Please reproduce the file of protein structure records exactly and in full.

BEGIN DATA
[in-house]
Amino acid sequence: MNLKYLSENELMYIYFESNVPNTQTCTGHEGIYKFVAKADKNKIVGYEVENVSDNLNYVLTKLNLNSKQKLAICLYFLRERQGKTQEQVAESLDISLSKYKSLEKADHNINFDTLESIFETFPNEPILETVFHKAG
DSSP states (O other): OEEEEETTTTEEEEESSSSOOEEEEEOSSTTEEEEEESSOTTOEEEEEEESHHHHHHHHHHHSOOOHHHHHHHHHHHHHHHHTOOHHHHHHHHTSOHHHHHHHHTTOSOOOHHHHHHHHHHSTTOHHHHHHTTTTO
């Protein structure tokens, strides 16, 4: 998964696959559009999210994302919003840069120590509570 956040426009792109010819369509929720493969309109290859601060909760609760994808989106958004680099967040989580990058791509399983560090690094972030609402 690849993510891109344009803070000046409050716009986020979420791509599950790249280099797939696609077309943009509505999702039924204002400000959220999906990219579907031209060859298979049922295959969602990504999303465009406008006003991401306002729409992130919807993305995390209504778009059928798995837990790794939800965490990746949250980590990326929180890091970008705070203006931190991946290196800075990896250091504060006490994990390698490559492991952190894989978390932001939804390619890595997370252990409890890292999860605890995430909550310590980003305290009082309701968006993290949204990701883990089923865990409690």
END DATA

[in-house]
Amino acid sequence: MNLKYLSENELMYIYFESNVPNTQTCTGHEGIYKFVAKADKNKIVGYEVENVSDNLNYVLTKLNLNSKQKLAICLYFLRERQGKTQEQVAESLDISLSKYKSLEKADHNINFDTLESIFETFPNEPILETVFHKAG
DSSP states (O other): OEEEEETTTTEEEEESSSSOOEEEEEOSSTTEEEEEESSOTTOEEEEEEESHHHHHHHHHHHSOOOHHHHHHHHHHHHHHHHTOOHHHHHHHHTSOHHHHHHHHTTOSOOOHHHHHHHHHHSTTOHHHHHHTTTTO
């Protein structure tokens, strides 16, 4: 998964696959559009999210994302919003840069120590509570 956040426009792109010819369509929720493969309109290859601060909760609760994808989106958004680099967040989580990058791509399983560090690094972030609402 690849993510891109344009803070000046409050716009986020979420791509599950790249280099797939696609077309943009509505999702039924204002400000959220999906990219579907031209060859298979049922295959969602990504999303465009406008006003991401306002729409992130919807993305995390209504778009059928798995837990790794939800965490990746949250980590990326929180890091970008705070203006931190991946290196800075990896250091504060006490994990390698490559492991952190894989978390932001939804390619890595997370252990409890890292999860605890995430909550310590980003305290009082309701968006993290949204990701883990089923865990409690």